Germany’s asylum debate: What’s ahead for the coalition and for refugees?

Should Germany reject refugees at the border and send them back to other European countries, or should they work with the European Union to find a collective solution? The disagreement around this question has been going on for some weeks now, possibly endangering the continuity of the German CDU/CSU/SPD government coalition.

The ongoing argument between German chancellor Angela Merkel (CDU) and Horst Seehofer, interior minister and leader of the CDU’s Bavarian sister party CSU, is just another peak in the European debate on the refugees at the moment. And just as in Germany, the “asylum debate” is boiling in many other countries.

The Dublin regulation: Legally rejecting refugees

The Dublin regulation determines which European country is responsible for examining asylum applications from refugees coming into the EU. It says that refugees have to seek asylum in the country where they first arrive. That would mean most of those currently coming in would have to seek asylum in Italy, Greece or Spain, where they arrive by boat.

Countries like Germany or Poland that do not have a Mediterranean coast are not obligated to take in asylum applications from refugees who had already been to another European country – whether living there or just travelling through. Hence, most of the refugees who arrive in Germany can be rejected at the border, and sent back to the country where they first arrived.

Bavaria wants to send back refugees

Rejecting the refugees at the border is exactly what interior minister Seehofer and his party CSU are aiming for.

In the southeastern German state of Bavaria, there will be elections in October. The CSU has been in power since the end of the Second World War, sometimes constituting the regional government alone, and sometimes as part of a coalition. Markus Söder has been the minister president since 2018, and his predecessor was Seehofer who is now the head of the party.

In the current election campaign, Söder and Seehofer want to please their voters by introducing new policies like regulations on care and family allowances, or by lowering the numbers of asylum seekers crossing the border to Germany – and especially to Bavaria.

Merkel is pleading for a “European solution”

Chancellor Merkel disagrees with Seehofer and the CSU. She is aiming for a “European solution”: At first, she tried to get the EU to spread refugees to all European countries, preventing countries like Italy from being overwhelmed with the arrival of many thousands.

The idea was to hold all European countries accountable by sending a proportional number of refugees to all places, providing them with help and new homes there. However, many countries (such as  Hungary and the Czech Republic, for example) did and do not want to take in any refugees.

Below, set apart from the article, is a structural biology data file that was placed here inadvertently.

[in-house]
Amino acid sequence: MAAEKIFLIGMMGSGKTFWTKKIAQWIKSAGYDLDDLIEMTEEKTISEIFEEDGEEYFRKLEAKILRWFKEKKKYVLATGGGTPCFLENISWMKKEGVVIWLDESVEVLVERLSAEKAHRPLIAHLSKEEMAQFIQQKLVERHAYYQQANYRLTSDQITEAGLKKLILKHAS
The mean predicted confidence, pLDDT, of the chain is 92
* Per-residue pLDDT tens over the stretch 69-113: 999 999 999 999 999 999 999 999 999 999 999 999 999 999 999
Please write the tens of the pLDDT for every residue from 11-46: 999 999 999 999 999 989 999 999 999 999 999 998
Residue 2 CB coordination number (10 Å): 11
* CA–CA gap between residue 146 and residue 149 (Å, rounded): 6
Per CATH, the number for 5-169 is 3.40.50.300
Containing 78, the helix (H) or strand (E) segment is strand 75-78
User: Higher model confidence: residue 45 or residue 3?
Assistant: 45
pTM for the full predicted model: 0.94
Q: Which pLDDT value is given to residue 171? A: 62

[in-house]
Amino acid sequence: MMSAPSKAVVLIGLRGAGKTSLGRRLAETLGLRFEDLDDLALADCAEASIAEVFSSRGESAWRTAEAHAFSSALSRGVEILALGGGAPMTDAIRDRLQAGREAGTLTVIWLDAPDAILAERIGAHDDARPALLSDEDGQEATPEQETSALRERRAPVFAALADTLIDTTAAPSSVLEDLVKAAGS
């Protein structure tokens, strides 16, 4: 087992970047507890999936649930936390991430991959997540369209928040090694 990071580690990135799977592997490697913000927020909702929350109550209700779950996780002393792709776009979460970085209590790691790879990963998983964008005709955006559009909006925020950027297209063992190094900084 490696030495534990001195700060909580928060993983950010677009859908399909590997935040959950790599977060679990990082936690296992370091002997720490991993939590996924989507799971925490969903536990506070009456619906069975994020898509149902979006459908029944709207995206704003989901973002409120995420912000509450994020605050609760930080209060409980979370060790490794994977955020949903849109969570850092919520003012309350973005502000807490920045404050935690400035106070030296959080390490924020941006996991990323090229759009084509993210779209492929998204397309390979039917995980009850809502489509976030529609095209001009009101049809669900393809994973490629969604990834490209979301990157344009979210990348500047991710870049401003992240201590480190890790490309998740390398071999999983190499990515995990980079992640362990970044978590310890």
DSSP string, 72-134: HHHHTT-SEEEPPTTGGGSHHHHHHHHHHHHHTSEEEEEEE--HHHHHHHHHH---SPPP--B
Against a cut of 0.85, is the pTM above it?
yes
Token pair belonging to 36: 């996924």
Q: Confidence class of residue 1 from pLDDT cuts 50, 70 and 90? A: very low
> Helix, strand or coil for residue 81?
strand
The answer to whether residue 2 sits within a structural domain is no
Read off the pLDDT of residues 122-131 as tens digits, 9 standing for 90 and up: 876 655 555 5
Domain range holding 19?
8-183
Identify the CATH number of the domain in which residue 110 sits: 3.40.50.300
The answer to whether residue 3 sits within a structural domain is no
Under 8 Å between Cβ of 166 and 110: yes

Another suggestion being discussed is to install “control centres” for refugees outside of Europe, for example at the southern Libyan border. There, refugees can apply for asylum in European countries before they begin the dangerous journey across the Mediterranean Sea. However, Libya (in this case) has so far declined the installation of control centres on its soil.

Merkel’s plan B: Bilateral and multilateral agreements

After many failed attempts at bargaining to resolve the refugee conflict, Merkel is now taking a different approach: If there won’t be a European solution soon, she wants to arrange multilateral and bilateral treaties with selected countries that will bind them to take back refugees that had been in those respective countries before travelling to Germany.

This means that Germany would not have to examine asylum applications from refugees coming in, for example, from Austria. Instead, Merkel wants to return these refugees to the countries of transit. The “country of transit” is the country where an asylum seeker was first registered by border officials.

The consequences – for Germany and Europe

The possibility of a collapse of the European asylum cooperation makes this debate a very delicate one. If Germany single-handedly decides to reject refugees at the border, there is a risk that Italy will leave the Dublin regulation and stop registering refugees when they arrive in the country. “In the end, we would have more refugees in Germany than now,” said Armin Laschet, the minister president of the German region Nordrhein-Westfalen in an interview.

Within Germany, the argument between Merkel and Seehofer brought up a whole different discussion: Can the CDU and CSU agree on a refugee policy, or will the negotiations eventually fail? And if they do fail, will there still be a possibility for the current coalition to work together and remain in power? The two parties are traditionally partners and constitute the government together with the SPD — who, of course, will also have to approve any possible agreement.

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